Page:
The next few years of my life play out as up and down as a roller coaster. Sometimes I’m able to embrace my divine lens view and move forward. Other times I’m lost in self-pity, self-doubt and the blind confusion of anger and grief.

Yet my choice will ultimately be for trusting my soul’s wisdom and consciously taking the spiritual path that gets me here – writing this to you.

Our journeys are never one straight line of uninterrupted wisdom and enlightened action. Neither are they one continuous journey of negativity and fear. All of us vacillate between our ego lens and divine lens perspectives. We spend time viewing life through each lens so that we can make a fully realized choice. These two viewpoints battle for dominance inside of us until our heart finally chooses. This choice becomes the essence of who we are.

-By Sue Frederick, author of Bridges to Heaven: True Stories of Loved Ones on the Other Side

Join me for a grief healing retreat in September at Shambhala Mountain Center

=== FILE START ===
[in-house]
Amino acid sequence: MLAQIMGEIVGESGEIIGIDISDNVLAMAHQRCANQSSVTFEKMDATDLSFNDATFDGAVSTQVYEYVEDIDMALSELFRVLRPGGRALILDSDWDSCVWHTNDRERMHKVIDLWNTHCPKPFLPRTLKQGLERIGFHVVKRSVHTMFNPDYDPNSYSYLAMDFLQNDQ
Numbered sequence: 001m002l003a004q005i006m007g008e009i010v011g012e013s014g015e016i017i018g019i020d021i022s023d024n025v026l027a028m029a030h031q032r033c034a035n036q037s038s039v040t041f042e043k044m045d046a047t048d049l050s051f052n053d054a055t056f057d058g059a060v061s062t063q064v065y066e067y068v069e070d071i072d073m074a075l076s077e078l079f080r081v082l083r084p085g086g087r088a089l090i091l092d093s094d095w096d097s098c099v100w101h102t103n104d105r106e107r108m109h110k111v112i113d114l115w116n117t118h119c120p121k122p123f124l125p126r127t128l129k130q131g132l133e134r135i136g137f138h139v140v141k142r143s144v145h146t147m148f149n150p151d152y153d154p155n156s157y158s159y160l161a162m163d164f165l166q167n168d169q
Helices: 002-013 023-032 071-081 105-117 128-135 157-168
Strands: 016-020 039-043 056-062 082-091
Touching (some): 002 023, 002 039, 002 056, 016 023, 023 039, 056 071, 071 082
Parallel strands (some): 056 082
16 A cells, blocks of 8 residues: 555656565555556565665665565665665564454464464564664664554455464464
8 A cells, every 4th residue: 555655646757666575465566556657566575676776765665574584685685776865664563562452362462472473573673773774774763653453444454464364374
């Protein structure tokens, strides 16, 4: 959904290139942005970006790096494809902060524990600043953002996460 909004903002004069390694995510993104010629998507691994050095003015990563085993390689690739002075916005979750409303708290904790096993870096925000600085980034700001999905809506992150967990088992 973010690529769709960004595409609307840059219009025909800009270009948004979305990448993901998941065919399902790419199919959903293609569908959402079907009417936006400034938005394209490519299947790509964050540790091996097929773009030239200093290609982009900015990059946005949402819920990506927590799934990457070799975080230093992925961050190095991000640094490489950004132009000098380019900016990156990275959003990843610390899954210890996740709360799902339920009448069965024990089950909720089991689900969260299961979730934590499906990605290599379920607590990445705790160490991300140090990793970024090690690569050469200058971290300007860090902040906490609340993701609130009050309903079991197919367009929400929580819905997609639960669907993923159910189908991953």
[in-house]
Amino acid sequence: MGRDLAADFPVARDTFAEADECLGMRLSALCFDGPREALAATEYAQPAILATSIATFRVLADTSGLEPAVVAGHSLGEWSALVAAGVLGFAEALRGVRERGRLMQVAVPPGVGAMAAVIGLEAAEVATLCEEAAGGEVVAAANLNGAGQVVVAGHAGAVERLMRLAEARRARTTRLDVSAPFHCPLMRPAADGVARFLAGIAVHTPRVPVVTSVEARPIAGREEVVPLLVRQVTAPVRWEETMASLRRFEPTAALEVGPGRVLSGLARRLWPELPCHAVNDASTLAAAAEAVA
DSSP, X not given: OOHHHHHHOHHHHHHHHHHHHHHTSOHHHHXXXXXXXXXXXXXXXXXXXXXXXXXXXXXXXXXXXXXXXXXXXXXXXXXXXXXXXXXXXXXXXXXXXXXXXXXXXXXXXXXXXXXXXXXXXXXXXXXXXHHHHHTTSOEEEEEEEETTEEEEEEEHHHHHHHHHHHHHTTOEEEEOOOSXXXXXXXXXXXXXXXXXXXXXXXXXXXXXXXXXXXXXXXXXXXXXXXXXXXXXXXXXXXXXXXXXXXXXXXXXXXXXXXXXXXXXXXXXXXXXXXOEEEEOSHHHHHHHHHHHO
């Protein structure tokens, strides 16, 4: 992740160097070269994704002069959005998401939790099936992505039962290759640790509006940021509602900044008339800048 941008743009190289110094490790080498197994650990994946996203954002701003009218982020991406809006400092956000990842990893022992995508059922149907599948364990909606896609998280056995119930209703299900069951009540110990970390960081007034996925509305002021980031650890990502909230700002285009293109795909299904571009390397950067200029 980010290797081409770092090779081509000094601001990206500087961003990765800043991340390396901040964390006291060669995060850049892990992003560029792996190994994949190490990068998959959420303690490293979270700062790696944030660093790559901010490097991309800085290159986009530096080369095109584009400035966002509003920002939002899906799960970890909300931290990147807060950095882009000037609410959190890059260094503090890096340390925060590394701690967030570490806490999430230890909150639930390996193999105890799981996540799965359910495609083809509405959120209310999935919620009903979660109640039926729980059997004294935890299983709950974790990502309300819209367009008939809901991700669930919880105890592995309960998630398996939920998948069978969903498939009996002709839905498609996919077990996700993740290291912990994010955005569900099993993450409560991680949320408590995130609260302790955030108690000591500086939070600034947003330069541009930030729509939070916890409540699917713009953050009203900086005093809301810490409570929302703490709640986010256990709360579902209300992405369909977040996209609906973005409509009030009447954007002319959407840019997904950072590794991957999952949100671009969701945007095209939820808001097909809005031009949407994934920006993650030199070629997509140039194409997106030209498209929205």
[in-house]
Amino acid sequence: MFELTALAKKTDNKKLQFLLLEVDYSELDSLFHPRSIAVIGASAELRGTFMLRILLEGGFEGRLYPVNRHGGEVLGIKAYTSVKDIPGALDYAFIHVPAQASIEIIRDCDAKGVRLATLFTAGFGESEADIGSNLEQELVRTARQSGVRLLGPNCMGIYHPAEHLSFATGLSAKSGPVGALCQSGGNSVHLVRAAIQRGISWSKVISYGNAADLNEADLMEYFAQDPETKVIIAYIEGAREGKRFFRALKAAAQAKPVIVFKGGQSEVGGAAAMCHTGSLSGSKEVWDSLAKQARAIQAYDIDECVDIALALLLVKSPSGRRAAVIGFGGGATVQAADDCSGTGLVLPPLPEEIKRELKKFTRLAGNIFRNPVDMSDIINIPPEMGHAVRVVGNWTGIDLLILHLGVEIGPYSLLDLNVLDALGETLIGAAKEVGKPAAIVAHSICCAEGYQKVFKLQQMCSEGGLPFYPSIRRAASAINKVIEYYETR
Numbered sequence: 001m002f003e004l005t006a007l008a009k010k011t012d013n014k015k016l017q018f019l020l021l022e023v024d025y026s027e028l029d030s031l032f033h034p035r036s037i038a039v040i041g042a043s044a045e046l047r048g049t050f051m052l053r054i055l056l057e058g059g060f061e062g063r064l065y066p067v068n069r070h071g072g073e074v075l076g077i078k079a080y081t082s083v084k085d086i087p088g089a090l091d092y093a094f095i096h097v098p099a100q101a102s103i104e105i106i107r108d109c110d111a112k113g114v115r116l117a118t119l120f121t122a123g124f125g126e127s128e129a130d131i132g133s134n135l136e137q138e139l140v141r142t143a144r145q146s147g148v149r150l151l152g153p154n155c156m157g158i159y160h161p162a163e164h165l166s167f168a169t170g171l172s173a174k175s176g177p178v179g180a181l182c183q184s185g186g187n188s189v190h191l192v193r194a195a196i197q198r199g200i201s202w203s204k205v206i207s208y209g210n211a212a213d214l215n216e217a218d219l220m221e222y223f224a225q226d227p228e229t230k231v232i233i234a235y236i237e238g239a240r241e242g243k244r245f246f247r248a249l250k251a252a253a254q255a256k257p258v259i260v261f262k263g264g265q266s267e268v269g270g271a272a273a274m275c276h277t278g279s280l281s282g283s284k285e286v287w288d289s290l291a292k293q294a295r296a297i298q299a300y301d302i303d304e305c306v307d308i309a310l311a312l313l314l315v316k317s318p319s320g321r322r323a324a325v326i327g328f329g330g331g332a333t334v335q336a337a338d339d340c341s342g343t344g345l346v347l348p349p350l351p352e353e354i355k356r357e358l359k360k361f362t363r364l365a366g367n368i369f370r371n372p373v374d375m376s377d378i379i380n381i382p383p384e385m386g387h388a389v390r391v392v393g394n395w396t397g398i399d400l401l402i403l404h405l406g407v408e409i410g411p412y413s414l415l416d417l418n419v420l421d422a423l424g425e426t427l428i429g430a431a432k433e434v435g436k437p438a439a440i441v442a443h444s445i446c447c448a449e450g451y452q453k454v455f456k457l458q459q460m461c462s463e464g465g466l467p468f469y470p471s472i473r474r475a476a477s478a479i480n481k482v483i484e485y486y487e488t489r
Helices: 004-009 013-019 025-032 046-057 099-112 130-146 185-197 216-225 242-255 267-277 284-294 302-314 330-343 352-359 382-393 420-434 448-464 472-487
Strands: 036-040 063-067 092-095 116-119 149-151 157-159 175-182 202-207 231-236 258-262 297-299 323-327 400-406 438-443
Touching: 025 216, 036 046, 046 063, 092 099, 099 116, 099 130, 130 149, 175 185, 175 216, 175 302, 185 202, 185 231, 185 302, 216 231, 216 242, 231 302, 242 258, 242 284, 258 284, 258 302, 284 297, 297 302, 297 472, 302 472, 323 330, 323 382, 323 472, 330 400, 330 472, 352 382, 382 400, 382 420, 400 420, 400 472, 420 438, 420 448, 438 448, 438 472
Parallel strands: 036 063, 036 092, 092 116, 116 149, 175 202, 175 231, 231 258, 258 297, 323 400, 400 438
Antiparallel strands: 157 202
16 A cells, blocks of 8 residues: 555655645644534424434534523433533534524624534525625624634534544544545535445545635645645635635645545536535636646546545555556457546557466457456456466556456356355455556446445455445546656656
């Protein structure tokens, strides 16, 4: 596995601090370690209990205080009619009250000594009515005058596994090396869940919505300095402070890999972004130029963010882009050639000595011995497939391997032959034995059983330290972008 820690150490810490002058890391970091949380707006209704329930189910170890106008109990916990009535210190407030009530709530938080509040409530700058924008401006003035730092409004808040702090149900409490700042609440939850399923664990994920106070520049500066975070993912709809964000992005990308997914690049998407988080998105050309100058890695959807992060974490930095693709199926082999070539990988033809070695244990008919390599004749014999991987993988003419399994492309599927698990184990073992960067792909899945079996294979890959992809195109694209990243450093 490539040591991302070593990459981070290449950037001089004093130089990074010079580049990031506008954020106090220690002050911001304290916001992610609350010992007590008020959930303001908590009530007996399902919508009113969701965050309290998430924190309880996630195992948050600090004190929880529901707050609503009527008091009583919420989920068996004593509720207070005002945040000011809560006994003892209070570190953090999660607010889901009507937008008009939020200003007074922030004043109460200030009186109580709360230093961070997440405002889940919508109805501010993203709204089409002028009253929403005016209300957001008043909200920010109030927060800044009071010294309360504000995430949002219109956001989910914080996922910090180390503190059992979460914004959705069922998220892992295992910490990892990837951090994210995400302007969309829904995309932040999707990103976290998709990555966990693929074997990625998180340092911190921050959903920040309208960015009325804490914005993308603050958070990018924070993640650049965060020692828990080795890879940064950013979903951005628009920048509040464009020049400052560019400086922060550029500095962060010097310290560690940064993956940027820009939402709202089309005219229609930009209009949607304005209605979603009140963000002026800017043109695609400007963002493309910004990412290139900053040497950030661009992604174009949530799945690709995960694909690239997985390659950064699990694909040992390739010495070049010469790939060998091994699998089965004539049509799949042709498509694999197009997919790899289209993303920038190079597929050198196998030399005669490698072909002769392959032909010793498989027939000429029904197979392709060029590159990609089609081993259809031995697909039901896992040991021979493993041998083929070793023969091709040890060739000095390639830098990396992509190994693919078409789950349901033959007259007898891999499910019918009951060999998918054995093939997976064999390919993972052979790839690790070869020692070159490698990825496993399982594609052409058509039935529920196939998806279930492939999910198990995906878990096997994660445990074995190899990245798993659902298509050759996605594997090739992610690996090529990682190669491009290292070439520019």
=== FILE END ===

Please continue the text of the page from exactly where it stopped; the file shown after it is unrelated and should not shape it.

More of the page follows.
Choosing Your Divine Lens – Watch this excerpt from Sue’s Unity of Boulder talk

Be the Player on the Stage We Can’t Forget…

Your Divine Lens is finally available in paperback!! Keep this book by your bedside for inspiration & guidance! Here’s the link:

Excerpt from Your Divine Lens:
There’s no joy without pain – no pain without joy – when all is said and done. We have to love the play for what it is – a textbook of mastery for our divine evolution.

Of course, like you, I long to step away from the pain and live in the bliss – meditating on my porch while a summer breeze stirs my heart and I cry from the beauty of a tree in the morning sun; the perfect dance of light and dark; the brilliance of a mourning dove’s sweet song; the song that wakes us up from the bliss of higher realms.

In a moment of sudden panic at the airport, I hold my daughter forever, kiss her lovely forehead and never let her go. I stop her from walking towards the gate away from me. Then, like mothers do, I blow her a kiss good-bye as she disappears from view. She too needs to see the beauty and the horror side by side.

We all must sip from this potent brew or there’s no need to be here. It’s the play and the play’s the thing. And when you take your final bow, it matters how honestly you spoke your lines, how bravely you faced the audience; if you played your role with every ounce of heart you could muster.

It matters how true your words rang out into the night – filling the audience with hope, sorrow and understanding; your poetry drifting into a moonlit sky.